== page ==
Their technology continues to successfully help tree nut farmers to this day—a crop that is notoriously difficult to cultivate—by forecasting the growing conditions and yield for each tree in a farmer’s orchard, computed using 350 days of environmental conditions prior to the observed counting time point. Their process goes beyond using retrospective analysis alone, however.

Pavo delivers a method of crop estimation that also incorporates the impact of current weather conditions so that growers can track information and use it to make adjustments remotely and in real time throughout the entire growing cycle to ensure that vital crop measurements stay within optimal ranges.

Pavo’s data scientists have successfully conducted predictive modeling that indicates that significant yield increases can be achieved, regardless of crop, at any scale. The company’s ability to help optimize crop yields could be particularly crucial in the face of the mounting urbanization of Japanese agriculture.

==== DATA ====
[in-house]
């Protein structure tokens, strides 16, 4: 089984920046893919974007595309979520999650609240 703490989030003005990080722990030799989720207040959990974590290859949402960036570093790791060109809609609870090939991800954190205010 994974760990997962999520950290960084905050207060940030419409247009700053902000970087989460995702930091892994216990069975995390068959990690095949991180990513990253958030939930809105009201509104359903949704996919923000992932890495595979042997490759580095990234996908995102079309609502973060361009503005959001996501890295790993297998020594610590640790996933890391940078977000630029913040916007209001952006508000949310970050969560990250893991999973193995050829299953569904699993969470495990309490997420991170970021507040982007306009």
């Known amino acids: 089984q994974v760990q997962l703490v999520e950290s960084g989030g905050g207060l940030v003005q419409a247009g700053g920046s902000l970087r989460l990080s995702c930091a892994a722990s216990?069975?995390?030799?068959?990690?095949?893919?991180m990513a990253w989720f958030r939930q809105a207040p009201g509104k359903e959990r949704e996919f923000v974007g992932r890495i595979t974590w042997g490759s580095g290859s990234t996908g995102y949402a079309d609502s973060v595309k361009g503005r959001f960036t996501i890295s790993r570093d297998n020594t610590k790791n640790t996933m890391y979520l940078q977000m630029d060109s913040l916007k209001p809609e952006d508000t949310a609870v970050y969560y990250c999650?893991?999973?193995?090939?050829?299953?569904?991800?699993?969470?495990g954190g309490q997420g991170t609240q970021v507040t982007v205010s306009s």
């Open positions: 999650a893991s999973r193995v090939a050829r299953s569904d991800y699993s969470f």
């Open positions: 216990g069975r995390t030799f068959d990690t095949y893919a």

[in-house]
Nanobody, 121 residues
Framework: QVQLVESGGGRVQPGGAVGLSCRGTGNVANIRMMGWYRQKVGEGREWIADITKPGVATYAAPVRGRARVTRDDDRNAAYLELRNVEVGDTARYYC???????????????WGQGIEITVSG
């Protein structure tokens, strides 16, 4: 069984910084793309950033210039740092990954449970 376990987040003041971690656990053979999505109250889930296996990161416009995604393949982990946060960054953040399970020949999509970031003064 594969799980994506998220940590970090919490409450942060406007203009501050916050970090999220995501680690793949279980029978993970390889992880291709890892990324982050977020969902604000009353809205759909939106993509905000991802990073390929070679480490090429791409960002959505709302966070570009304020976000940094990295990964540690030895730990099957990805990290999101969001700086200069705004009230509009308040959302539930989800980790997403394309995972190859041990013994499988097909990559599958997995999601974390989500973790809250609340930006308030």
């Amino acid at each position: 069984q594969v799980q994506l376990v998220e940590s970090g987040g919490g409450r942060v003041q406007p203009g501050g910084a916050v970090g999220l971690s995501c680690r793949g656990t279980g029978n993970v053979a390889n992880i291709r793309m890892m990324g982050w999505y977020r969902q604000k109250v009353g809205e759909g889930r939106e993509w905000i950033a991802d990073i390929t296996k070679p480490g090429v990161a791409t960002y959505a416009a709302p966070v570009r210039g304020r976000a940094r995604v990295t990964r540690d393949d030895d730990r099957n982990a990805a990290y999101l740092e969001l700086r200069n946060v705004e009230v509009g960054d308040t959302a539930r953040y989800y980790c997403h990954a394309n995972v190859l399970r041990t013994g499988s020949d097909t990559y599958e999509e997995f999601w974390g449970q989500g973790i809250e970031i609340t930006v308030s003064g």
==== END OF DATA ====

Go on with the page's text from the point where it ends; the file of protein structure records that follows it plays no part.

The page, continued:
As the global population and temperatures continue to climb, the UN’s Food and Agriculture Organization [FAO] estimates that by 2050 food production will need to increase by 70% to meet nutrition needs. Japanese farmers are already confronting this reality within their limited agricultural infrastructure, and they are leading the way in urban agriculture advancements by adopting the latest in AgTech innovation.

The unique pressures of Japanese urbanization and farming today could be a bellwether for the global agricultural landscape of tomorrow. With Pavo’s unique ability to home in on individual crop optimization, right down to individual trees within a hazelnut orchard, for instance, their technology is particularly well suited for a disparate agricultural scenario like Japan’s.

Younger Japanese farmers are acquiring small holdings as older growers age out of the industry. That means that both smaller and corporate farmers are potentially overseeing better organized, yet scattered operations across the country.